Pint-sized sizzler

The RS 3 Sportback is well-furnished, but has a rock-hard ride calibrated for carving up the tarmac.
The RS 3 Sportback is well-furnished, but has a rock-hard ride calibrated for carving up the tarmac.ST PHOTO: KEVIN LIM

Audi's new RS 3 is a high- adrenaline racer masquerading as a practical five-seater

The new RS 3 is the most hardcore RS car from Audi yet. Not in terms of sheer output, but in the way it delivers speed, the way it handles and the way it makes you feel at the wheel.

On the go, the compact hatch comes across clearly as being set up first and foremost for performance. Its ride is rock-hard, with a fixedrate steel suspension calibrated specifically for carving up the tarmac.

Its brakes exert the bite pressure of a T-Rex - great for bringing the 367bhp car from three-digit velocities down to single-digits in a jiffy, but often jolting earpieces out of place in the process.

Speaking of earpieces, you would be able to hear the RS 3's pounding metallic bark even if you had AC/DC playing millimetres from your eardrums.

Its 2.5-litre 20-valve five-cylinder engine wakes up with a series of seismic blasts emanating from its bazooka-like tailpipes. Even with the windows up, they sound like cannon shots - a little overdramatic, but completely in line with the car's image and proposition.

Pull its seven-speed dual-clutch transmission lever to D and the car catapults from its position with the gentlest throttle pressure.


  • Price: $287,800 with COE

    Engine: 2,480cc 20-valve inline -5 turbocharged

    Power: 367bhp at 5,550rpm

    Torque: 465Nm at 1,625-5,550rpm

    Transmission: Seven-speed dual-clutch with paddle shift

    0-100kmh: 4.3 seconds

    Top speed: 250kmh (electronically limited)

    Fuel consumption: 12.3 litres/ 100km

    Agent: Premium Automobiles

Acceleration is dished out by the buckets. If you are in possession of sufficient guts and road, maintaining pedal pressure will see the car relegating the scenery into a blur fairly quickly.

A heavy shove of the right foot is quite capable of sending shivers down your spine. The turbo engine goes from a soft deep rumble to a full-scale aural assault as the gearbox downshifts by a couple of cogs to deliver urgency with frightening flourish.

With 465Nm on tap (up from its predecessor's 450Nm), the beastly Sportback completes the 0-100kmh sprint in 4.3 seconds. That is 0.3 seconds quicker than the previous RS 3, which was already a very ballistic car.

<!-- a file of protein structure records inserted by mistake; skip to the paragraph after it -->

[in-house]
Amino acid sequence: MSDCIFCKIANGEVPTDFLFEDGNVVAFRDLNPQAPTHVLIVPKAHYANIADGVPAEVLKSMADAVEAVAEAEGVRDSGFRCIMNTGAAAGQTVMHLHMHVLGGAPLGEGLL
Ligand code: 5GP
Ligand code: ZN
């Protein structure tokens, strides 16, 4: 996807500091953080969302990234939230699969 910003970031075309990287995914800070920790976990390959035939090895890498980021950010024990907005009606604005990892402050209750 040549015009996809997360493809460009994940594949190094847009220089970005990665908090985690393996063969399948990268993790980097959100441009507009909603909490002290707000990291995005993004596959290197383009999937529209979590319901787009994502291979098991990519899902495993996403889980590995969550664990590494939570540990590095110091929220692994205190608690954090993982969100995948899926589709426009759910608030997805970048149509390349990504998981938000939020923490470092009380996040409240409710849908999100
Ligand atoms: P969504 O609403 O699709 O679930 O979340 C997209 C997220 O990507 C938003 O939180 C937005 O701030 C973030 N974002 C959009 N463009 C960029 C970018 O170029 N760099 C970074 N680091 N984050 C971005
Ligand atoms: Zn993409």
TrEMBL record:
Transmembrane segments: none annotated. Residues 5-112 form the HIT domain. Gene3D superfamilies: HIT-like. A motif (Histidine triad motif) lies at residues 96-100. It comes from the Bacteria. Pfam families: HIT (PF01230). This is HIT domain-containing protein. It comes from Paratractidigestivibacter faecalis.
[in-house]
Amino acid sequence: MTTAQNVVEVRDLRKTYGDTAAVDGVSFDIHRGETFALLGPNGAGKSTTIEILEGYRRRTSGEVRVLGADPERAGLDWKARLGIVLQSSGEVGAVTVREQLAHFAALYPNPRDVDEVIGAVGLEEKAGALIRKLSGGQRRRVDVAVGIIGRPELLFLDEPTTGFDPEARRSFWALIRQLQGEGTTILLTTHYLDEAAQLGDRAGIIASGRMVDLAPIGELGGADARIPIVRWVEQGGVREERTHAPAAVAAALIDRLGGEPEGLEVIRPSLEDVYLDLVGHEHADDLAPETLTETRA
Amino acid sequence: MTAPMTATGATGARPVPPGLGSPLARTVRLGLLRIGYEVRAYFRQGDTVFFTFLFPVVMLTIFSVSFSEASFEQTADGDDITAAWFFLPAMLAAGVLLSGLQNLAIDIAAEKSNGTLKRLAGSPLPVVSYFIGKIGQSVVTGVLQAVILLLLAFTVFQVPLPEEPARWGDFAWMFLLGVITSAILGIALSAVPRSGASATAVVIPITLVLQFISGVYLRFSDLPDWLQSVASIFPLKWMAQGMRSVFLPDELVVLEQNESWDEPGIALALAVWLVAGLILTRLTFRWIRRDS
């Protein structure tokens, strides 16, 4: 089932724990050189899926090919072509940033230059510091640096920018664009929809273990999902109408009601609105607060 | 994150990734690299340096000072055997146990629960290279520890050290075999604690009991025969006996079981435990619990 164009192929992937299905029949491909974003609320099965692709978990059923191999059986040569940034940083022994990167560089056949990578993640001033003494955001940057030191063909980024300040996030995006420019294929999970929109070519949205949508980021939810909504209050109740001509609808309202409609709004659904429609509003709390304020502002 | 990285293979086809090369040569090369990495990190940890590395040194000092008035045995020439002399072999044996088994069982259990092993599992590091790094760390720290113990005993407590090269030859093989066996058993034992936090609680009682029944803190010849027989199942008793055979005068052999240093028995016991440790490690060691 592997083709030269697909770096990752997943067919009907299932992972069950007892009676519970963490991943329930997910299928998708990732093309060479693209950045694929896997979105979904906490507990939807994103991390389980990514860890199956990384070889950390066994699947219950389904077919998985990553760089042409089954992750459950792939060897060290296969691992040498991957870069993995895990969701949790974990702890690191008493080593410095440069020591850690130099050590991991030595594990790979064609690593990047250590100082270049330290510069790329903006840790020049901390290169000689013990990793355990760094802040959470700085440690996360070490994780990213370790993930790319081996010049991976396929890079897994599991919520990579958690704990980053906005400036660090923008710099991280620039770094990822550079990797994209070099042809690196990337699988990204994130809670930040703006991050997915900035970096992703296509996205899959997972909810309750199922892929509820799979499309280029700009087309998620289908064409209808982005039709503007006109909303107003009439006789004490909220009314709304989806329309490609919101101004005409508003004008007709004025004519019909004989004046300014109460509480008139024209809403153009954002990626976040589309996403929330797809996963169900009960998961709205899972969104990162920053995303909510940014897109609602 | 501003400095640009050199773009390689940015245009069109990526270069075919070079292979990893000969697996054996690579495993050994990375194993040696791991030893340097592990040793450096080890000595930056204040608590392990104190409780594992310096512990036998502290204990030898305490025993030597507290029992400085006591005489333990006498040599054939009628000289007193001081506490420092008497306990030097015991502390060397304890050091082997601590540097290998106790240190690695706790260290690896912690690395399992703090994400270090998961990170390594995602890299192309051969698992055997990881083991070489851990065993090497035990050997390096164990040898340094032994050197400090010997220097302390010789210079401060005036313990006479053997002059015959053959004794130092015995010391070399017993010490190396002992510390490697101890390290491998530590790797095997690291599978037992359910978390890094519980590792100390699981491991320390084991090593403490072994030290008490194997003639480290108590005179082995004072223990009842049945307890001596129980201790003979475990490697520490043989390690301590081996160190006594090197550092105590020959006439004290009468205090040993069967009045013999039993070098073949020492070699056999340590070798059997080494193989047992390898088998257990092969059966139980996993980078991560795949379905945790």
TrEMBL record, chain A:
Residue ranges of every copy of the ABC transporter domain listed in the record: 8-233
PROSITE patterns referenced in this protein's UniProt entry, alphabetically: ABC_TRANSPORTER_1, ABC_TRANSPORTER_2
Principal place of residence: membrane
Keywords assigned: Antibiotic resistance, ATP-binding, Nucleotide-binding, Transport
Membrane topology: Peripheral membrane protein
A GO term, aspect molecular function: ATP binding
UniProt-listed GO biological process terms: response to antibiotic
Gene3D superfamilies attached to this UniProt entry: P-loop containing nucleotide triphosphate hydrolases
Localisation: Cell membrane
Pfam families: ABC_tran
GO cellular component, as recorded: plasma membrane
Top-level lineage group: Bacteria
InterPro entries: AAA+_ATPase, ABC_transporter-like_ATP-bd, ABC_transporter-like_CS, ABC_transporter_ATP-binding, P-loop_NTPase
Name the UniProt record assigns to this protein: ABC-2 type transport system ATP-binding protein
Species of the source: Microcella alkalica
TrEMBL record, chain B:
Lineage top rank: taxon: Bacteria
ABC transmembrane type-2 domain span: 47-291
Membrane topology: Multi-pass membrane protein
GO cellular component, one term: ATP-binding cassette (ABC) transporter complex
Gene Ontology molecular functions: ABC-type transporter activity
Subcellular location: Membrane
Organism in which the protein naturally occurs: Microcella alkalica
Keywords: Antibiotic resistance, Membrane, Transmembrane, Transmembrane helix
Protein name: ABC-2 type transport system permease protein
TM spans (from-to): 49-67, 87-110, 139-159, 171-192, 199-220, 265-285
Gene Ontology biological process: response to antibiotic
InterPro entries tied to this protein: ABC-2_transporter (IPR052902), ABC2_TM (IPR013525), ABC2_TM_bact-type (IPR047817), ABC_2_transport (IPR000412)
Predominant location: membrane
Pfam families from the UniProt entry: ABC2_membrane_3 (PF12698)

Besides the heightened output, the new RS 3 benefits from a 55kg weight loss. Its power-to-weight ratio improves from 203bhp a tonne to 230bhp a tonne.

For something so fast and furious, the car is surprisingly easy to drive. Yet, there is never a dull moment at the wheel.

Its steering is super sharp and its chassis is balanced and planted, while at the same time affording the neutrality of an all-wheel drive.

The ride, however, is too punishing for non-track use. Combined with its 19-inch wheels and vice-like brake callipers, the RS 3 is not exactly your first choice if you want a relaxing drive.

But if you are a red-blooded, young and enjoy pounding the bitumen (literally, in this case) in a high-adrenaline racer masquerading as a practical five-seater, there are very few cars that will do the job as convincingly as the RS 3.

It is a rather well-furnished machine too. It has navigation (a first for the RS 3 Sportback), full LED headlights and tail lights, a partial Alcantara flat-bottom steering wheel, Nappa leather upholstery and a Bang & Olufsen sound system (previously, Bose) which gives the small car the ambience of a concert hall.

The hi-fi is best enjoyed when the engine is kept well below 3,000rpm - which is possible because it has so much torque, but not probable because of the immense excitement that comes with high revs.

A version of this article appeared in the print edition of The Straits Times on July 23, 2016, with the headline 'Pint-sized sizzler'. Print Edition | Subscribe